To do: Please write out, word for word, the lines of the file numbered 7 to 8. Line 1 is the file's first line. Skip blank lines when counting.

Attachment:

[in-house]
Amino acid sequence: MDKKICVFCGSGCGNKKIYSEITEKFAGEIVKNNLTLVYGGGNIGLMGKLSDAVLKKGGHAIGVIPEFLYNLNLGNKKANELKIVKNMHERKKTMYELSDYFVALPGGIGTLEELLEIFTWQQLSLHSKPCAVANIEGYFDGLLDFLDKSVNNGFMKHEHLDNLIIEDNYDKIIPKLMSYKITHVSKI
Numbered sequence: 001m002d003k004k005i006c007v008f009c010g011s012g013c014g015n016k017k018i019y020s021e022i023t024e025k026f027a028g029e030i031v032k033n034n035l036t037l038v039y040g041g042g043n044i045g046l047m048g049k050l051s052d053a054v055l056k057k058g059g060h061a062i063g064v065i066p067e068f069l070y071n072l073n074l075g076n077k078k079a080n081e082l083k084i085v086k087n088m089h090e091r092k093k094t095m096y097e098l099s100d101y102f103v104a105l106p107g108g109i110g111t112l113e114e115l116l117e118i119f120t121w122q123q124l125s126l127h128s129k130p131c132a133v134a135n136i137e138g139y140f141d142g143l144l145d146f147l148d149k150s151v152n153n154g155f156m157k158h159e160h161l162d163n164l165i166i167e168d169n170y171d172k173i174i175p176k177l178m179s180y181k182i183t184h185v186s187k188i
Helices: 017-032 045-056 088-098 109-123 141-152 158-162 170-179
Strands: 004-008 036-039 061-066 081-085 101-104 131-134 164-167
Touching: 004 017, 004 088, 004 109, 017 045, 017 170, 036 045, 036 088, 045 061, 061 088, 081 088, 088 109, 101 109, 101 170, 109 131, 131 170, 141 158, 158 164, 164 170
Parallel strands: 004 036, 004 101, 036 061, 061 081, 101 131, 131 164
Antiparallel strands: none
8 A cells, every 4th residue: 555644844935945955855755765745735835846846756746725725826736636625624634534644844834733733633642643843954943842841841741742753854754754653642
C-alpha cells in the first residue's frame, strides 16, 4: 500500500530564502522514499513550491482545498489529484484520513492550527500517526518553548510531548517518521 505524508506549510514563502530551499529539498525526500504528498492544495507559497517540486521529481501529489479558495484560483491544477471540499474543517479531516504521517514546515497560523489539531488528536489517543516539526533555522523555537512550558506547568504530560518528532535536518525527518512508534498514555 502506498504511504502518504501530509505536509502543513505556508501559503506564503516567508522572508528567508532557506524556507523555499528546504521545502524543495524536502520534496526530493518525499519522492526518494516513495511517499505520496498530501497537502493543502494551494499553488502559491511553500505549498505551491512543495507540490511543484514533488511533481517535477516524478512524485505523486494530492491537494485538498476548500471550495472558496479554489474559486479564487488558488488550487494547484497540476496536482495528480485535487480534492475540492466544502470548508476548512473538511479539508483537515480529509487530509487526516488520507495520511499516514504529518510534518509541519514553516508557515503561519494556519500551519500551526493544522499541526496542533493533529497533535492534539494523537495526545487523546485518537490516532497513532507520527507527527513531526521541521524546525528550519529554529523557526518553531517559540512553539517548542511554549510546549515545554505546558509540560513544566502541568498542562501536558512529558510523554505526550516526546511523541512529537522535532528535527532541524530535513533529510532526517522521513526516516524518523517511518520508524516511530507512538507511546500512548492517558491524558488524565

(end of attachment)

Parallel strands: 004 036, 004 101, 036 061, 061 081, 101 131, 131 164
Antiparallel strands: none